Functional Ingredients Based On Phytochemicals with Bioactive Potential for Food ApplicationsView this Special Issue
Research Article | Open Access
Yimeng Zhao, Yongli Jiang, Yanfang Ding, Danfeng Wang, Yun Deng, "High Hydrostatic Pressure-Assisted Extraction of High-Molecular-Weight Melanoidins from Black Garlic: Composition, Structure, and Bioactive Properties", Journal of Food Quality, vol. 2019, Article ID 1682749, 8 pages, 2019. https://doi.org/10.1155/2019/1682749
High Hydrostatic Pressure-Assisted Extraction of High-Molecular-Weight Melanoidins from Black Garlic: Composition, Structure, and Bioactive Properties
Melanoidin is one of the most important ingredients in black garlic due to the high nutritional values and biological functions. High hydrostatic pressures from 200 to 500 MPa were employed to extract the melanoidins from black garlic for improving the extraction efficiency and enhancing the activities. The results indicated that total phenolics, flavonoids, and sugar yields were all increased when pressure was applied and the antioxidant and overall reducing power was maximized. The bioactive properties of protein tyrosine phosphatase 1B, angiotensin-converting enzyme, and trypsin inhibitory activities were also enhanced compared with the control. Moreover, FT-IR spectroscopy indicated high pressure altered the melanoidin structures to different degrees. It was found that an application of 300 MPa for 5 min was the optimal treatment protocol under all operating conditions.
Black garlic (Allium sativum) is processed by aging whole fresh garlic bulbs at elevated temperature under controlled humidity. This results in a color change from white to dark brown due to the enzymatic browning and Maillard reaction which is a result of a condensation between a reducing sugar carbonyl and an amino group . The primary end products of this reaction are melanoidins that contribute to flavor and color and add nutritional value. These compounds are also responsible for the biological effects that include antitumor, antioxidant, and antihypertensive functions as well as blood sugar modulation [2, 3]. Although black garlic is rich in melanoidins, there are few studies on the positive bioactive properties and applications of melanoidins in black garlic, and most researchers have focused on its polyphenol, flavonoid, and S-allyl cysteine content [4, 5].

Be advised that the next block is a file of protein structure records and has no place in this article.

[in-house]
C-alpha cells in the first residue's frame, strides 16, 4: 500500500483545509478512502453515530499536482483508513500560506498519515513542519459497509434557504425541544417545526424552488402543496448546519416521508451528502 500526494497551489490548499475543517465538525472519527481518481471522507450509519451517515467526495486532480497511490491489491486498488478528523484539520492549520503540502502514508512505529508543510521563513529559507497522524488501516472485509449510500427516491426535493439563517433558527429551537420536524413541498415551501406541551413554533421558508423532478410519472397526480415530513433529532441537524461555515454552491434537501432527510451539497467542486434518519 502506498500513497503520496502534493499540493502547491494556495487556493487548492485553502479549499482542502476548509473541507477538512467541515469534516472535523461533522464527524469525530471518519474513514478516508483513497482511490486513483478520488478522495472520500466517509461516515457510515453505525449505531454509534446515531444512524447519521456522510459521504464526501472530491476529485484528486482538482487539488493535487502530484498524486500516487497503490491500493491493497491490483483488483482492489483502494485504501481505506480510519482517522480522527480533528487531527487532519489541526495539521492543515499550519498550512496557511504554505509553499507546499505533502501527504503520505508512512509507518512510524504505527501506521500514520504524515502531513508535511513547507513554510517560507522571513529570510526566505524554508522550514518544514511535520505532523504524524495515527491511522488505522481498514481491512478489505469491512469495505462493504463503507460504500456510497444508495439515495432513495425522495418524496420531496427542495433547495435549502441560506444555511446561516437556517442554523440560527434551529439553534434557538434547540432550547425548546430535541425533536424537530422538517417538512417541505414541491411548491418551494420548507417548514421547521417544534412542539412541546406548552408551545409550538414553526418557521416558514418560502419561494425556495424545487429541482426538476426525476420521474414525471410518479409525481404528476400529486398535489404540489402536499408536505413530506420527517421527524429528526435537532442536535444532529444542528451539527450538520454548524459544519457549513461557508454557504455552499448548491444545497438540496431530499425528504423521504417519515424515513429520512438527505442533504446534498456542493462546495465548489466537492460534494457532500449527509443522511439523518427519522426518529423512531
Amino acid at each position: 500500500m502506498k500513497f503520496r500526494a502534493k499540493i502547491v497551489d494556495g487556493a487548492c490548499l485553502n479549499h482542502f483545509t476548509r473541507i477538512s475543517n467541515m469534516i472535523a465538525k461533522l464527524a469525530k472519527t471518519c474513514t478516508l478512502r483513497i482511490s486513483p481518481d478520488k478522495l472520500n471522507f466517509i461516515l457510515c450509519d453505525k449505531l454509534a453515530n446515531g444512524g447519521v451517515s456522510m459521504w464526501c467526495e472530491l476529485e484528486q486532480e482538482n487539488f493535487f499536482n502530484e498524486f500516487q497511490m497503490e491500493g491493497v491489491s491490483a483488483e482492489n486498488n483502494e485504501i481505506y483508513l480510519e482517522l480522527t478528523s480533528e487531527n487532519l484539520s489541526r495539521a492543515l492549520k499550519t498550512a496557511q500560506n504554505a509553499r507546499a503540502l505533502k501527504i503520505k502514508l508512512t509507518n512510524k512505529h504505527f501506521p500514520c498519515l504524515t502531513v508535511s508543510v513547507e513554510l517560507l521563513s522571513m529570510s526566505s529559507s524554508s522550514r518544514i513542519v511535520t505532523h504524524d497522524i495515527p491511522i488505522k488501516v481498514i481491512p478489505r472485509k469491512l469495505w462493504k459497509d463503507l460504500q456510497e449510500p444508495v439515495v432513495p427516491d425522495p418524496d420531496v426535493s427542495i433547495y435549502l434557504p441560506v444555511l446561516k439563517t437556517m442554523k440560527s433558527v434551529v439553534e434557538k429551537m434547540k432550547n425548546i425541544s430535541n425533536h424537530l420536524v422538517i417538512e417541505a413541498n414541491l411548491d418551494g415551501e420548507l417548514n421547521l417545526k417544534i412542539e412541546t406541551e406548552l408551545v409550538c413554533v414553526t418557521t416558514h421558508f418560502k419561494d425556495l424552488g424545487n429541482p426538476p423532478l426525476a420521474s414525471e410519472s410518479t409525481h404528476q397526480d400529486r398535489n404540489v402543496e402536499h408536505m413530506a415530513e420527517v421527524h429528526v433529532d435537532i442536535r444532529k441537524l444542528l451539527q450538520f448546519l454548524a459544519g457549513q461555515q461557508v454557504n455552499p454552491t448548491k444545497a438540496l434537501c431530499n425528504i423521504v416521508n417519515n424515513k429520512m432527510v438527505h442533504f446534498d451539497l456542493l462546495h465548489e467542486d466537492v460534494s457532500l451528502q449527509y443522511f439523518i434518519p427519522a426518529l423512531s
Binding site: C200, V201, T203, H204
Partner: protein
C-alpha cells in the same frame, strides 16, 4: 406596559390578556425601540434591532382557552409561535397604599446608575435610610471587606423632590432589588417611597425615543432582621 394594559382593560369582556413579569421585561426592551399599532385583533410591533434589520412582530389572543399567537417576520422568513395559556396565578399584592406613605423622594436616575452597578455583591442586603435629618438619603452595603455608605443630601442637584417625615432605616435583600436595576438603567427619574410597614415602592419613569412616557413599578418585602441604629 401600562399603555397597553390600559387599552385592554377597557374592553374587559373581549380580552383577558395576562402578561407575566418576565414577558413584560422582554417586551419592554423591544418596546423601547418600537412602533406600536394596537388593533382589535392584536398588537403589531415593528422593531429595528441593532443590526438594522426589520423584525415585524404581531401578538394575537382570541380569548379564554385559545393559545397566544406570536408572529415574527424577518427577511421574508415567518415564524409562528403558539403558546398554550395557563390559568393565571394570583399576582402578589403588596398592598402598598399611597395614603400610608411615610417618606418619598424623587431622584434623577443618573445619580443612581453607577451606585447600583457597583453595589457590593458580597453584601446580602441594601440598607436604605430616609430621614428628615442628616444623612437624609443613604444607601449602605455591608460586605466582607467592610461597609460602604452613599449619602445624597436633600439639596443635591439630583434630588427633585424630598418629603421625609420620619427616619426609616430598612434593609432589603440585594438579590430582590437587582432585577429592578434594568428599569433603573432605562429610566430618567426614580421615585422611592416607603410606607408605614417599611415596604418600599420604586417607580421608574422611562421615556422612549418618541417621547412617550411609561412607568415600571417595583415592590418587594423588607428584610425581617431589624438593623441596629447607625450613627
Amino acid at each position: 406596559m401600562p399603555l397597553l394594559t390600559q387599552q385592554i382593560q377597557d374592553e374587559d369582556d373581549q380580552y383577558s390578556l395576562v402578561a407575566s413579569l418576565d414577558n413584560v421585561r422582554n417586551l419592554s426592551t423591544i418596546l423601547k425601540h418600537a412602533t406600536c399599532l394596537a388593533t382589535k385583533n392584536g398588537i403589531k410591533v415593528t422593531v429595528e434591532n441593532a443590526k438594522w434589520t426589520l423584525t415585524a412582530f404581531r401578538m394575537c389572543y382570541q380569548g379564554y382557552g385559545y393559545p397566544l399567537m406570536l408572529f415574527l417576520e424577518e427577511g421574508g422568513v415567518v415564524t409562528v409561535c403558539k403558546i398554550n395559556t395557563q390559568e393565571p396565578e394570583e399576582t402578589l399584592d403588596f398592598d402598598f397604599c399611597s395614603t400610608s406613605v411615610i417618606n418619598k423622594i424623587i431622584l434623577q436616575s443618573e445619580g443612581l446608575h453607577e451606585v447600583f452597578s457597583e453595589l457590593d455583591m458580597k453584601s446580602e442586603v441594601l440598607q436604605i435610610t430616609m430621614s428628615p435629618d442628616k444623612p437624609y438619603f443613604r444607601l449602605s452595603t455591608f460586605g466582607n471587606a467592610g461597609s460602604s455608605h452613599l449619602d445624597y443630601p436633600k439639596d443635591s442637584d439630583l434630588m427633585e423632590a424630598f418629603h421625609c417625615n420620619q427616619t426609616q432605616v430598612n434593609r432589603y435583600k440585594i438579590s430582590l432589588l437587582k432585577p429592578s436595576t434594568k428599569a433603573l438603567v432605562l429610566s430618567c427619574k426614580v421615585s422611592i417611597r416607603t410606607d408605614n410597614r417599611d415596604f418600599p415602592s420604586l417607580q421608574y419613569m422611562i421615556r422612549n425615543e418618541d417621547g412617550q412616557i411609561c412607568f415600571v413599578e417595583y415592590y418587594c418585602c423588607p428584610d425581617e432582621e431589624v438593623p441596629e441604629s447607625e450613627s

Melanoidins are heterogeneous polymers, and their purification is problematic . Melanoidin extraction has been accomplished using water extraction, ethanol precipitation, macroporous resin adsorption, and enzyme treatment . However, these extraction methods have the disadvantages of long reaction times, low product yields, and do not purify away all organic contaminants. High hydrostatic pressure (HHP) is an emerging nonthermal and environmentally friendly food processing technology. Materials to be processed are exposed to 400–600 MPa (58–87,000 psi) conditions for certain amount of time at room temperature [8, 9]. This increases the mass transfer rate, efficiently damages cell membranes, enhances solvent permeability, and improves production efficiency. The processing times are reduced, and overall operating conditions are improved . HHP has been successfully used for bioactive compound extraction from both plant and animal tissues to enhance yields while improving biological activities of target compounds [11–15]. However, there are few studies on the application of HHP treatment to the extraction of melanoidins from black garlic. Therefore, the objective of this study was to apply HHP to extract melanoidins from black garlic and to investigate the effect of HHP on the compositional, structural, and biological activity properties of melanoidins.